By Kenneth Richard on 28. August 2023
Scientists report a surprising coral reef resilience to bleaching, as well as a growing 0.1°C per decade heat stress tolerance.
The Great Barrier Reef region has reportedly warmed by 0.8°C in the last 150 years (Page et al., 2023). This is warming rate of about 0.05°C per decade.
Scientists (Lachs et al., 2023) are now reporting that corals in Palau are rapidly developing an improved capacity to tolerate heat stress, with an estimated tolerance enhancement of about 0.1°C per decade. In other words, corals are quickly adapting to modern warming rates and associated heat-stress-induced bleaching.
As an example, a marine heatwave bleaching event affected 75-98% of Great Barrier Reef coral cover in April, 2020 (Page et al., 2023).
However, the resilient corals recovered within a span of months. In fact, there was slightly more deep coral coverage in October (65.5%) than before bleaching began in April (62.3%).
The warnings peddled by climate alarmists often characterize Earth’s 500 billion corals as critically endangered by modern global warming.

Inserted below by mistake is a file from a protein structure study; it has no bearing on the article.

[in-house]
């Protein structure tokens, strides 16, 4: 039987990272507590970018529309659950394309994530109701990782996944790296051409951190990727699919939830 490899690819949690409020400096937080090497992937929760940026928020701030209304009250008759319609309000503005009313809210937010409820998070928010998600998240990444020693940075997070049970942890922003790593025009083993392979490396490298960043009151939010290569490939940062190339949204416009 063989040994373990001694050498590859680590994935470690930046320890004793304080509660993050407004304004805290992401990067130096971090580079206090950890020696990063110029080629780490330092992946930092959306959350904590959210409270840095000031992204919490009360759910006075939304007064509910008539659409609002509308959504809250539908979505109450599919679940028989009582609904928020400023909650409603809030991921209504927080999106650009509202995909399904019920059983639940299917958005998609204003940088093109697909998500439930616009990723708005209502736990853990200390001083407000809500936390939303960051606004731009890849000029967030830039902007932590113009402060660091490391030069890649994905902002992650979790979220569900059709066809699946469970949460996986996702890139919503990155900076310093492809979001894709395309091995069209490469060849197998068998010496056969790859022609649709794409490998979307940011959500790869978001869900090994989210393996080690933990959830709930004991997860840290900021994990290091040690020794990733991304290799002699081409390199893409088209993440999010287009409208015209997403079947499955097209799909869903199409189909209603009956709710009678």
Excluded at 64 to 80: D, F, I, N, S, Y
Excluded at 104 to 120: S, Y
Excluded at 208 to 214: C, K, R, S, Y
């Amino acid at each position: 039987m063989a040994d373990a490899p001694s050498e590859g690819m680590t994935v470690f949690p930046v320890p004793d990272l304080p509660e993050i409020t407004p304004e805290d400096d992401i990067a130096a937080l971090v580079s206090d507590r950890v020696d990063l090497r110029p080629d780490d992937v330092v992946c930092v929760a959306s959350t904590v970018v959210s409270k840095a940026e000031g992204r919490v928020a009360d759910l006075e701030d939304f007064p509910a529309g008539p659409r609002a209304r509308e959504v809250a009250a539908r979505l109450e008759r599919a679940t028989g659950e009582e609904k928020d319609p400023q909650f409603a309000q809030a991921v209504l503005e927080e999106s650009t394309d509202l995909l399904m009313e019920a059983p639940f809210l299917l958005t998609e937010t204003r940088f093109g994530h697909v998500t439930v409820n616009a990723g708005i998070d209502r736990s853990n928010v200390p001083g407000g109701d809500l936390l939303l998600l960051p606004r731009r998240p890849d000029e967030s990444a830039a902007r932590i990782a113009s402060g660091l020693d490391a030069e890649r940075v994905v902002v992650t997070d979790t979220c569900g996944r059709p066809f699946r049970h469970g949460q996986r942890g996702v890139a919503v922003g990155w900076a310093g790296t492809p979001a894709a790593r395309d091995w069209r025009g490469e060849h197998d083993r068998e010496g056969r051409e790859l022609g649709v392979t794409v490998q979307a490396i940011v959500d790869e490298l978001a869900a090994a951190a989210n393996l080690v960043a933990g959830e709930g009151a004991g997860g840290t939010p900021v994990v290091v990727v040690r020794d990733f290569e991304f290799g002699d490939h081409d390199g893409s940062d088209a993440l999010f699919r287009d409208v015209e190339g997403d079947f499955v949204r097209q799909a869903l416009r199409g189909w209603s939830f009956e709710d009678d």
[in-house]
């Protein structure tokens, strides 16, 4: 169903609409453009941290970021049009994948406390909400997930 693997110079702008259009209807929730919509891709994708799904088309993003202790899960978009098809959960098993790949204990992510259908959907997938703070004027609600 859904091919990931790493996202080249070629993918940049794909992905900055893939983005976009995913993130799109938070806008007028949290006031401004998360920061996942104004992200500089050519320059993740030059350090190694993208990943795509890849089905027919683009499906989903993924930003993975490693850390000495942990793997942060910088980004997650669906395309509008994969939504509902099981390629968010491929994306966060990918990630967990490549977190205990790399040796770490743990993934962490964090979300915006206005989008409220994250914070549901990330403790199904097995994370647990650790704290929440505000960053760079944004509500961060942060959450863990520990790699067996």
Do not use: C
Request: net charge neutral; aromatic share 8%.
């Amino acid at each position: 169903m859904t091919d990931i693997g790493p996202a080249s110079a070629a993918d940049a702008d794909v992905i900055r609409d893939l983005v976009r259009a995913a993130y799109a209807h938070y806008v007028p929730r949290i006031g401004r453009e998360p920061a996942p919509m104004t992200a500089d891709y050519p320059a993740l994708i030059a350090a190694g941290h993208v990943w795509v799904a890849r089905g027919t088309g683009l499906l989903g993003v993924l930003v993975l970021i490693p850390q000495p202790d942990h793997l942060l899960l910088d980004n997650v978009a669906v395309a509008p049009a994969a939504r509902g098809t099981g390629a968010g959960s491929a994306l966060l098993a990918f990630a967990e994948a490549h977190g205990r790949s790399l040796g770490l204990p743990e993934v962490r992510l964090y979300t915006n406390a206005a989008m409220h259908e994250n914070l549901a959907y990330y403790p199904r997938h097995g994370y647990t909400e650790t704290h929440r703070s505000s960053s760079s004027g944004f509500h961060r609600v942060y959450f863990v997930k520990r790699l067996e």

But the science itself says corals have been and continue thriving in the Current Warm Period – just as they have in past warm periods.
Last year Long et al., 2022 squelched at least 4 false climate alarm narratives.
- Coral reefs “develop rapidly in the warm period” (Roman, Medieval), and “coral reefs develop slowly in the cold period” (Little Ice Age, the Dark Ages Cold Period). Why? Because “warm periods are conducive to coral growth.”
- Coral reef growth rates have rapidly accelerated in the last 300 years, or since the industrial revolution commenced.
- Sea levels were 2 meters higher than they are today ~4,000 years ago, and still about 1 meter higher than today 1,000 years ago, or during the Medieval Warm Period. Lower sea levels produce a “decline in the coral reef development rate”.
- The South China Sea surface temperatures were “3 to 6°C higher than today” from about 5,000 to 4,000 years ago; coral reefs developed rapidly in that warmth.